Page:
Sentences which are too long and wordy decrease the readability of your content. What are some examples of difficult sentences and how do you go about fixing them? 

What does it mean to be too wordy? 

“Wait a minute,” you might be thinking, “isn’t it a good thing to display a good vocabulary?” And you’d have a point. As word nerds, we agree to an extent. It’s a great thing to use words sometimes that aren’t in the everyday conversation. Our language is full of rich and beautiful words and phrases which can make an ordinary sentence extraordinary. Up to a certain point, it's good to be wordy.

This doesn’t mean there’s not a line to be drawn. There’s a difference between showing creativity and merely trying to stuff your writing with synonyms to look impressive. And chances are if you’re doing the latter, it’s obvious to your reader. This is the opposite of plain language and conciseness, and there’s a word for it - verbosity. 

Verbosity definition | Readable, free readability test

Let’s look at some examples of this fatal flaw in writing and consider a more no-nonsense alternative. 

Academic wordiness 

Essays are particularly prone to wordiness. Here’s a passage sourced from San Jose State University on the topic of pruning prose. They used the below as an example of wordiness:

There is currently a lively, ongoing controversy among many sociologists and other professionals who study human nature : theories are being spun and arguments are being conducted among them about what it means that so many young people—and older people, for that matter—who live in our society today are so very interested in stories about zombies.

According to Readable’s new ‘reach’ metric, this is only easily readable by 25% of the general public. 

Not only is this paragraph one really long sentence - but it’s also self-indulgent in using more words than are needed to make the point. It also uses unnecessary qualifiers (so very) where a stronger adjective would do the trick.  

This is how I would reword it:

A lively societal debate rages among the human sciences. The contentious issue is: why are so many people fascinated by zombie fiction?

The reach has shot up dramatically to 80% of the general public. Huzzah! Among other tweaks, I’ve replaced ‘so very interested’ with ‘fascinated’. Using too many adverbs can slow your writing down, whereas using a stronger adjective instead keeps your writing dynamic.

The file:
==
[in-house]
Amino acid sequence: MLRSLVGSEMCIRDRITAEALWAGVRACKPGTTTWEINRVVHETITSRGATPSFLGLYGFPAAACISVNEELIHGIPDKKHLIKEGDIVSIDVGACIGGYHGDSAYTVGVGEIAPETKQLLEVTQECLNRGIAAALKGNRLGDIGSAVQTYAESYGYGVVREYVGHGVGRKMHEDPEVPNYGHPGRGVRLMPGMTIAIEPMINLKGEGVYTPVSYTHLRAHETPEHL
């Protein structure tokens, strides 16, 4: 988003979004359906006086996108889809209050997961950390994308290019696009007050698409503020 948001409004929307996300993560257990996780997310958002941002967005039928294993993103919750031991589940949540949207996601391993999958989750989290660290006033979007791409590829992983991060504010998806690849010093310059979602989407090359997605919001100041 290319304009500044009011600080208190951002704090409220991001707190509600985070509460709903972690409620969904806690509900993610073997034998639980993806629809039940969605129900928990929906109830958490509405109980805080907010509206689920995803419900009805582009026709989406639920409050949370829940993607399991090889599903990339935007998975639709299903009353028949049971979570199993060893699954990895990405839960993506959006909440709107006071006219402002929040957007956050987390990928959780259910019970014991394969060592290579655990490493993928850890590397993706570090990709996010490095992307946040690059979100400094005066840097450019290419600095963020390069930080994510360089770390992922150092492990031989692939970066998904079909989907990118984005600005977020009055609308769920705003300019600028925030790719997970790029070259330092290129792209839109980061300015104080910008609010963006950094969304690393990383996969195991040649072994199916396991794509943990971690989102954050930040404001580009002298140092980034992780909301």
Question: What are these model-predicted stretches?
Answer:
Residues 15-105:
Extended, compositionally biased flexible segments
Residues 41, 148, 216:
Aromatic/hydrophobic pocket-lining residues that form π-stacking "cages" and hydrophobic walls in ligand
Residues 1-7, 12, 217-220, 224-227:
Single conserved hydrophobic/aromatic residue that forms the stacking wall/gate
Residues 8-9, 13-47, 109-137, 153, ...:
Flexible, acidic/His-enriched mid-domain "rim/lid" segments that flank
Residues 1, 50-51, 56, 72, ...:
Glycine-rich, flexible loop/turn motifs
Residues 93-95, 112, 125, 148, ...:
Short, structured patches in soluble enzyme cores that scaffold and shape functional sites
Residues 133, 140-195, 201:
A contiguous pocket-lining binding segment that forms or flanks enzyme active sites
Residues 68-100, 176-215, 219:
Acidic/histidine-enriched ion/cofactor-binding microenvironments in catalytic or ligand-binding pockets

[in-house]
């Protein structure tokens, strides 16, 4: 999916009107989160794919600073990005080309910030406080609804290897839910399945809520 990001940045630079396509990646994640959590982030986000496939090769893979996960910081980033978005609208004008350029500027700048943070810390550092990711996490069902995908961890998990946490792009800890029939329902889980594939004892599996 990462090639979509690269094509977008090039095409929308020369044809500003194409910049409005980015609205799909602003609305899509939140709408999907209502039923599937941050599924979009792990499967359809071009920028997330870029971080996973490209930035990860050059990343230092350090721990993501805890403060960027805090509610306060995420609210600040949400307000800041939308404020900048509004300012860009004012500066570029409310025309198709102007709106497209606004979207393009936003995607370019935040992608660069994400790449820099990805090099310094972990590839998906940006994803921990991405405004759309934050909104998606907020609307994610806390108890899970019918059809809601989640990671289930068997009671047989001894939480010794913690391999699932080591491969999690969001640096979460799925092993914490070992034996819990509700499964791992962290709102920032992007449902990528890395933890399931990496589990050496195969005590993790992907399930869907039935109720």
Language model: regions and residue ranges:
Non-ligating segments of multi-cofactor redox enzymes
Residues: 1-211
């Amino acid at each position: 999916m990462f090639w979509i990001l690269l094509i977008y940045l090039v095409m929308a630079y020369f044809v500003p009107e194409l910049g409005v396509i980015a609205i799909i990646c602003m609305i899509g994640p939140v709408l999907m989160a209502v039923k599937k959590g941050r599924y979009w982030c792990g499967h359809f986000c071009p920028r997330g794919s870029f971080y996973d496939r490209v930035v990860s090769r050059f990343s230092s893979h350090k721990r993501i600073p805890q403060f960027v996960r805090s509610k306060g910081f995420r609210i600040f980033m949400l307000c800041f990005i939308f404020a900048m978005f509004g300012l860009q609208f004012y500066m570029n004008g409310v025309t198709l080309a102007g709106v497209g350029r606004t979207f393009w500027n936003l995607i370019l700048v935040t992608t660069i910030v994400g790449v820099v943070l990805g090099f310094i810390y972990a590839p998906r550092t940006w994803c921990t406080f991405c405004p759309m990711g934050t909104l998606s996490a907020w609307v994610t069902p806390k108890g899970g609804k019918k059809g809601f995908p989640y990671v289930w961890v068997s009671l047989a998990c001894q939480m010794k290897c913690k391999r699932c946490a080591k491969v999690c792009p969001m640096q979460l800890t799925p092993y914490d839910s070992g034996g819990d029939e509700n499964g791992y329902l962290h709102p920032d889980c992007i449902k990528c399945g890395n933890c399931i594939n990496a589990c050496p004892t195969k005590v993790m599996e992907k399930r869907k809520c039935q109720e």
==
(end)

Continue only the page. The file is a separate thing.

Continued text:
Redundant expressions

A redundant expression is another type of wordy expression and it means you’re saying the same thing twice to fill space. 

For example, if you reference an ‘empty void’, you’re using a redundant expression, or ‘doublespeak’. A void is by its definition empty. 

The synonymous or related words aren’t always right next to each other in redundant expressions. Here’s an example of a paragraph full of doublespeak:

She opened the envelope, which contained a confidential document inside. After reading it with close scrutiny, she discovered it was written in the exact same handwriting as the mysterious note she’d received before; the reason she knew this was because of handwriting studies in her past history.

I’ve bolded the repetitions in the sentences phrases which make them superfluous and too wordy. Here’s the corrected version:

She opened the envelope, which contained a confidential document. After reading it with scrutiny, she discovered it was written in the same handwriting as the mysterious note she’d received before; she knew this because of handwriting studies in her past. 

All you have to do is identify where you’re using two synonymous words where one would do. 

Passive phrases

The passive voice makes your writing look indirect and less trustworthy.

You’ll recognize the passive voice from any document you’ve ever read which tries to shift responsibility from the party in question and put a distance between themselves and the action. 

It refuses to get to the point and doesn’t add clarity to the situation it’s describing - sometimes this is deliberate, and sometimes it’s a misguided attempt to sound more intellectual. 

Monzo is a great example of a company who are actively making an effort to clarify their terms and conditions for their customers. Instead of saying, “a refund will be given to you”, they say “we’ll give you a refund” as part of their tone guidelines. 

By writing in the active voice in their terms and conditions, they give a strong and trustworthy impression. 

Here’s a quick guide to active versus passive voice:

Passive voice VS Active voice infographic | Readable, free readability test

Go forth and edit!

Don’t forget that clarifying your content and cutting out the fluff isn’t about dumbing down your content. It’s about opening it up. Got a question about how to improve readability? Let us know in the comments or get in touch.

Laura Kelly

Laura is a freelance writer and worked at Readable for a number of years. Laura is well-versed in optimising content for readability and Readable's suite of tools. She aims to write guides that help you make the most out of Readable.